Distribution and Features of the Six Classes of Peroxiredoxins

    Leslie B. Poole, and Kimberly J. Nelson

    Mol. Cells 2016; 39(1): 53-59 https://doi.org/10.14348/molcells.2016.2330
    Abstract

    Abstract : Peroxiredoxins are cysteine-dependent peroxide reductases that group into 6 different, structurally discernable classes. In 2011, our research team reported the application of a bioinformatic approach called active site profiling to extract active site-proximal sequence segments from the 29 distinct, structurally-characterized peroxiredoxins available at the time. These extracted sequences were then used to create unique profiles for the six groups which were subsequently used to search GenBank(nr), allowing identification of ∼3500 peroxiredoxin sequences and their respective subgroups. Summarized in this minireview are the features and phylogenetic distributions of each of these peroxiredoxin subgroups; an example is also provided illustrating the use of the web accessible, searchable database known as PREX to identify subfamily-specific peroxiredoxin sequences for the organism Vitis vinifera (grape).

  • MinireviewJanuary 31, 2016

    83 237 2099

    Multiple Roles of Peroxiredoxins in Inflammation

    Bernard Knoops, Vasiliki Argyropoulou, Sarah Becker, Laura Fert?, and Oksana Kuznetsova

    Mol. Cells 2016; 39(1): 60-64 https://doi.org/10.14348/molcells.2016.2341
    Abstract

    Abstract : Inflammation is a pathophysiological response to infection or tissue damage during which high levels of reactive oxygen and nitrogen species are produced by phagocytes to kill microorganisms. Reactive oxygen and nitrogen species serve also in the complex regulation of inflammatory processes. Recently, it has been proposed that peroxiredoxins may play key roles in innate immunity and inflammation. Indeed, peroxiredoxins are evolutionarily conserved peroxidases able to reduce, with high rate constants, hydrogen peroxide, alkyl hydroperoxides and peroxynitrite which are generated during inflammation. In this minireview, we point out different possible roles of peroxiredoxins during inflammatory processes such as cytoprotective enzymes against oxidative stress, modulators of redox signaling, and extracellular pathogen- or damage-associated molecular patterns. A better understanding of peroxiredoxin functions in inflammation could lead to the discovery of new therapeutic targets.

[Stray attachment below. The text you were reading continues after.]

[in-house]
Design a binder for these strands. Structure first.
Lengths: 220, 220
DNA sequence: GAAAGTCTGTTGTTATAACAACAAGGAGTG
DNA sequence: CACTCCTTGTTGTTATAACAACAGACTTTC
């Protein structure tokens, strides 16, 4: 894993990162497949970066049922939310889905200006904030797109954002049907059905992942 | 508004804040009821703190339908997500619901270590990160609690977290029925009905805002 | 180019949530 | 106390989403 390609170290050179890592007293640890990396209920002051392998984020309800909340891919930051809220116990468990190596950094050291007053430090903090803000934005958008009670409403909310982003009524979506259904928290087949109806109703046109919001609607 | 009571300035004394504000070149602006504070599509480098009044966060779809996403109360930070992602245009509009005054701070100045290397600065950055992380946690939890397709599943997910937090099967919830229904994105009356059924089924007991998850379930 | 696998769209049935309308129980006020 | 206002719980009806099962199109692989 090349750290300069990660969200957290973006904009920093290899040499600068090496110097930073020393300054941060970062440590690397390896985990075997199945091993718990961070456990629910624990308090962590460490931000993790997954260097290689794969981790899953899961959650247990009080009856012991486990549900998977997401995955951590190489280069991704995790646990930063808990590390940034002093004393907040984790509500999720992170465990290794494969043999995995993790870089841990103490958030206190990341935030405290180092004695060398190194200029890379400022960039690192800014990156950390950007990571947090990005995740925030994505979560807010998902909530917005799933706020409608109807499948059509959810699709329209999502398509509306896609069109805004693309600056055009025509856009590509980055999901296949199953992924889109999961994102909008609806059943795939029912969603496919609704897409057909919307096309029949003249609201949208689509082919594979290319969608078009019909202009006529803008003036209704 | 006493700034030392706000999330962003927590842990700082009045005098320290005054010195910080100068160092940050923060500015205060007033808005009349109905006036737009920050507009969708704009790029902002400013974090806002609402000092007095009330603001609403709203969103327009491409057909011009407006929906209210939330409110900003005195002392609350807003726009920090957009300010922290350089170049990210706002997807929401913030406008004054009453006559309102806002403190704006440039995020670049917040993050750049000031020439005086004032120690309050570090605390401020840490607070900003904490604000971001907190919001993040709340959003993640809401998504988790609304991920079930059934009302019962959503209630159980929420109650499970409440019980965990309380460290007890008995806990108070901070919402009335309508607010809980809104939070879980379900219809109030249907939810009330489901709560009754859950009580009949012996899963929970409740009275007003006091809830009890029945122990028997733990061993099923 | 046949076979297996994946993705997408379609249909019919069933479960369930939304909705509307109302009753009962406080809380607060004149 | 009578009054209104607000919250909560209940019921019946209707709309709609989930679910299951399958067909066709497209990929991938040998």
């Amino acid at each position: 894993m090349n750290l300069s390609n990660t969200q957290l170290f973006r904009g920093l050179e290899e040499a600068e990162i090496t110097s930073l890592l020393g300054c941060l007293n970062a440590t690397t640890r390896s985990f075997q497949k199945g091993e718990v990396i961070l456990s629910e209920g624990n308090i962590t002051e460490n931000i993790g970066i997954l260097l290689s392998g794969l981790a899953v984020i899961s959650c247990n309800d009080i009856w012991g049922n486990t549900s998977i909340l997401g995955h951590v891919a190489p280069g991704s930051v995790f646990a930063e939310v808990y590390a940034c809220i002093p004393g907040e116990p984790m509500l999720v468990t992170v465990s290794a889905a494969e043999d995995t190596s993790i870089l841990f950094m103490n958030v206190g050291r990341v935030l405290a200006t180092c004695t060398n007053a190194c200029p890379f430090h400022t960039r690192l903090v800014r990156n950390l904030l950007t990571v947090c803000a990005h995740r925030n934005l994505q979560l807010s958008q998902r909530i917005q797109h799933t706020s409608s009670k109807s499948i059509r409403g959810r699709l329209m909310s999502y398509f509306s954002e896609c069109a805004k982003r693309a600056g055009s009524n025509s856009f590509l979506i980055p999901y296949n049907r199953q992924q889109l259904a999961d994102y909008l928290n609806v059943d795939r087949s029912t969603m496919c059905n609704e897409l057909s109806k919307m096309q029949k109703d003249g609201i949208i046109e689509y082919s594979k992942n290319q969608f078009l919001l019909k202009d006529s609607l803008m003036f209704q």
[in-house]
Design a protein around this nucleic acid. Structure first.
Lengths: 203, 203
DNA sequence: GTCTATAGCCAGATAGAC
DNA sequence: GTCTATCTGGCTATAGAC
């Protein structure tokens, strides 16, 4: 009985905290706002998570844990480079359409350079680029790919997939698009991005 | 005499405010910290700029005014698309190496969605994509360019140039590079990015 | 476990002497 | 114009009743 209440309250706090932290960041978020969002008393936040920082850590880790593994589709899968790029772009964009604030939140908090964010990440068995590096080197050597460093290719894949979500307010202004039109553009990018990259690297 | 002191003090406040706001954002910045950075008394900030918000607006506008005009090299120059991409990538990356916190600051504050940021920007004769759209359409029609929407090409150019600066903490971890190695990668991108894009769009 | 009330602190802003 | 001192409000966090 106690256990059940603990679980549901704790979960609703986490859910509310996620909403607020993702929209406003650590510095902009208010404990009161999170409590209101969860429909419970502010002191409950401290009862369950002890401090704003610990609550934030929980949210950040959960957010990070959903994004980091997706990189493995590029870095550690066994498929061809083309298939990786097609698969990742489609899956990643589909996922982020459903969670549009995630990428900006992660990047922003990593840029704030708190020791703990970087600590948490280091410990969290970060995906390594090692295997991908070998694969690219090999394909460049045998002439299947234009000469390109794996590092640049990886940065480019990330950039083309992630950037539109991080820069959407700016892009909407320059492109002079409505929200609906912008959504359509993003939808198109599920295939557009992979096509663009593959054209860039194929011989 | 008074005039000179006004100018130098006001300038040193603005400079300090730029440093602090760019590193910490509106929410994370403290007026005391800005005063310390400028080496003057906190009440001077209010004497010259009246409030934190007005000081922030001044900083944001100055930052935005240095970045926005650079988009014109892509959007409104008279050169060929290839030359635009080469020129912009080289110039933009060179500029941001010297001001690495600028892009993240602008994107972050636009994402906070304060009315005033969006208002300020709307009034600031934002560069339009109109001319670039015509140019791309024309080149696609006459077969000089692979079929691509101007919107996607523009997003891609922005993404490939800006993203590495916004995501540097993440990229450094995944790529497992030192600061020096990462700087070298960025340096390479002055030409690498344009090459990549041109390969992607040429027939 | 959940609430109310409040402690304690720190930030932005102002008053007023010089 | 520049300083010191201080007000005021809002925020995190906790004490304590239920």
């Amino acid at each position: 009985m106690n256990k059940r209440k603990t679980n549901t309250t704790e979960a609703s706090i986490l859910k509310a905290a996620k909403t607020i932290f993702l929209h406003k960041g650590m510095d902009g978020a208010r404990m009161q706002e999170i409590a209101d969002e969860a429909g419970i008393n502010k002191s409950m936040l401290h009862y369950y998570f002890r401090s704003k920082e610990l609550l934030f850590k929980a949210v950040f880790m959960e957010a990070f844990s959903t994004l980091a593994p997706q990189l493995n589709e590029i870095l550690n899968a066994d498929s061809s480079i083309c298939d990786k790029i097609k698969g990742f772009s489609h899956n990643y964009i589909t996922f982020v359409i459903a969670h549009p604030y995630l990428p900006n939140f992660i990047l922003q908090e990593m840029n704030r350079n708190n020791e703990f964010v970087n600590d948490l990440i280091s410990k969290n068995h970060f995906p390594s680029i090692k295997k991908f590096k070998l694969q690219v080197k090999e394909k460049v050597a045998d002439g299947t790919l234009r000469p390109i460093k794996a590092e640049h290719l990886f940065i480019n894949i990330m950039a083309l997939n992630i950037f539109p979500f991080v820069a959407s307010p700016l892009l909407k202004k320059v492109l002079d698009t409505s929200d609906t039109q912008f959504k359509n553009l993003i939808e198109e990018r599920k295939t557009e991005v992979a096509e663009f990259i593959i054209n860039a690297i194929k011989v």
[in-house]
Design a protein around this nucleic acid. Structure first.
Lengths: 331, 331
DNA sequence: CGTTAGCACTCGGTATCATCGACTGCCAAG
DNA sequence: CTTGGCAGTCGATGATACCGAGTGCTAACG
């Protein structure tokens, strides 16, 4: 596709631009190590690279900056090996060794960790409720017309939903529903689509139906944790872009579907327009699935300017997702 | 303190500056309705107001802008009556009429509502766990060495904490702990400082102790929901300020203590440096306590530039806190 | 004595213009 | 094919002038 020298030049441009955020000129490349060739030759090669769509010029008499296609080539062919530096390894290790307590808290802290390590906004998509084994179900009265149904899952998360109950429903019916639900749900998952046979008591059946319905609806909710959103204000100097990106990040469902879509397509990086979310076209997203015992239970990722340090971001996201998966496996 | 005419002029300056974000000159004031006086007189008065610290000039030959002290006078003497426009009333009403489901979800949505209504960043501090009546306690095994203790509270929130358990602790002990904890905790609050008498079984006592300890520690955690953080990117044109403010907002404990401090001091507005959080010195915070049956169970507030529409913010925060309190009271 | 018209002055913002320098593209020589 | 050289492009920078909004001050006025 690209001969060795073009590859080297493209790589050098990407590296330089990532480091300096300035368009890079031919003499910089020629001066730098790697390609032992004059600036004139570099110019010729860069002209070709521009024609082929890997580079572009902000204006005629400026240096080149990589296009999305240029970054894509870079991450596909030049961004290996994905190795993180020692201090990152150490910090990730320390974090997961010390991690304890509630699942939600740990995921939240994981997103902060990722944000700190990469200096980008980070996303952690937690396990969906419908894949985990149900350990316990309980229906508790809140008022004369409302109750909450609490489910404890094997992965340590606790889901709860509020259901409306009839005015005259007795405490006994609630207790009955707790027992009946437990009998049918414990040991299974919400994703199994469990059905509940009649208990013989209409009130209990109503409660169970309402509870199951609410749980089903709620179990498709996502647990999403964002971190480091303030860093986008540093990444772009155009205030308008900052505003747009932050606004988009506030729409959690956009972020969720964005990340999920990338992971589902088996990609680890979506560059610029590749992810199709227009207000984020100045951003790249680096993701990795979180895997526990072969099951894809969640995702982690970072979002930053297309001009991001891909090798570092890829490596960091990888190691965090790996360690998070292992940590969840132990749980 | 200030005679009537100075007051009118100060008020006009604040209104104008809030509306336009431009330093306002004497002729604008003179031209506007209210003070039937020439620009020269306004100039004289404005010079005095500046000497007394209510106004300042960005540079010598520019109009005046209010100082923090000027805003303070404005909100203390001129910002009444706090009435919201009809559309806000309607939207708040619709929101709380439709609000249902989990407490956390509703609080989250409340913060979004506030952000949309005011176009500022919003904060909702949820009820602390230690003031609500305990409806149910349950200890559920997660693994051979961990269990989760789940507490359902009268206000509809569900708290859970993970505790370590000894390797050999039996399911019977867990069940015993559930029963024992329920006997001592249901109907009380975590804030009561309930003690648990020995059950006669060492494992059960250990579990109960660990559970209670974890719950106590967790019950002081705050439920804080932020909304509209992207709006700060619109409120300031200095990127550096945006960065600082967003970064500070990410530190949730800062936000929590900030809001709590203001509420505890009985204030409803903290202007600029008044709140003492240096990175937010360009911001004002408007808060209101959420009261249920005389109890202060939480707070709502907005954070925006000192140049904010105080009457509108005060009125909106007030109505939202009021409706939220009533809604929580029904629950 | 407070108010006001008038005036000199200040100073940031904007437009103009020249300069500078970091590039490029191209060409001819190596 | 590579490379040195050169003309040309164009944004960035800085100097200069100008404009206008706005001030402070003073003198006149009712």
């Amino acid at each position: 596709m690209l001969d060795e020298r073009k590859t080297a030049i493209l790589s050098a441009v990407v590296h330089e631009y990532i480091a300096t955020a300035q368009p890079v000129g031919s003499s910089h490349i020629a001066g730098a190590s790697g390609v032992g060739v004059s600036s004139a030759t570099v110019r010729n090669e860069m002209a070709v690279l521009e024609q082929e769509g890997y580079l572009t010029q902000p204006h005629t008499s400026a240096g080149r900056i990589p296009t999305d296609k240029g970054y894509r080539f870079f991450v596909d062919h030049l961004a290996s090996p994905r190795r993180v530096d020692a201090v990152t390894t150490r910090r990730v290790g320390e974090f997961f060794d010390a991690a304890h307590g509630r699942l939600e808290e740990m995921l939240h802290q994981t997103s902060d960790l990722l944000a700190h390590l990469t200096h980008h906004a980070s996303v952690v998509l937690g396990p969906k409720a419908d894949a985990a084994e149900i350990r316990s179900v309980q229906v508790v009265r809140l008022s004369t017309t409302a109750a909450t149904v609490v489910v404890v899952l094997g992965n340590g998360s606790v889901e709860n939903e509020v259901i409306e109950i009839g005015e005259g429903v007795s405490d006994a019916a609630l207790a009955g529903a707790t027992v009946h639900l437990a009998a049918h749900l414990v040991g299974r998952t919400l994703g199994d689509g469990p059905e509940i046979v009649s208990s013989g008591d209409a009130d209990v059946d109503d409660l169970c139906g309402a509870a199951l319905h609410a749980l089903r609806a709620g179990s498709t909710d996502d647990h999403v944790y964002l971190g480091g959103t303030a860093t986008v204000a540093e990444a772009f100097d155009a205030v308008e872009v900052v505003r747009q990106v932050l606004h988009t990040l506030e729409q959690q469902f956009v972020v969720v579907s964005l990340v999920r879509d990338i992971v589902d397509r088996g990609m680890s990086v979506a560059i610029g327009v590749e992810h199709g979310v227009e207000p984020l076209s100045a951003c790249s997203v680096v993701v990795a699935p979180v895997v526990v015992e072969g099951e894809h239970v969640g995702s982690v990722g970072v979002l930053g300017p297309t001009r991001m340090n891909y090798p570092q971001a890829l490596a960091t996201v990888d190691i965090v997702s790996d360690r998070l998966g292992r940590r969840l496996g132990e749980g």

• MinireviewJanuary 31, 2016

    135 411 3287
    Abstract

    Abstract : A challenge in the redox field is the elucidation of the molecular mechanisms, by which H2O2 mediates signal transduction in cells. This is relevant since redox pathways are disturbed in some pathologies. The transcription factor OxyR is the H2O2 sensor in bacteria, whereas Cys-based peroxidases are involved in the perception of this oxidant in eukaryotic cells. Three possible mechanisms may be involved in H2O2 signaling that are not mutually exclusive. In the simplest pathway, H2O2 signals through direct oxidation of the signaling protein, such as a phosphatase or a transcription factor. Although signaling proteins are frequently observed in the oxidized state in biological systems, in most cases their direct oxidation by H2O2 is too slow (101 M?1s?1 range) to outcompete Cys-based peroxidases and glutathione. In some particular cellular compartments (such as vicinity of NADPH oxidases), it is possible that a signaling protein faces extremely high H2O2 concentrations, making the direct oxidation feasible. Alternatively, high H2O2 levels can hyperoxidize peroxiredoxins leading to local building up of H2O2 that then could oxidize a signaling protein (floodgate hypothesis). In a second model, H2O2 oxidizes Cys-based peroxidases that then through thiol-disulfide reshuffling would transmit the oxidized equivalents to the signaling protein. The third model of signaling is centered on the reducing substrate of Cys-based peroxidases that in most cases is thioredoxin. Is this model, peroxiredoxins would signal by modulating the thioredoxin redox status. More kinetic data is required to allow the identification of the complex network of thiol switches.

Mol. Cells
May 31, 2022 Vol.45 No.5
COVER PICTURE
Fe2+ ion depletion-induced expression of BΔGFP at the early stage of leaf development (Choi et al., pp. 294-305).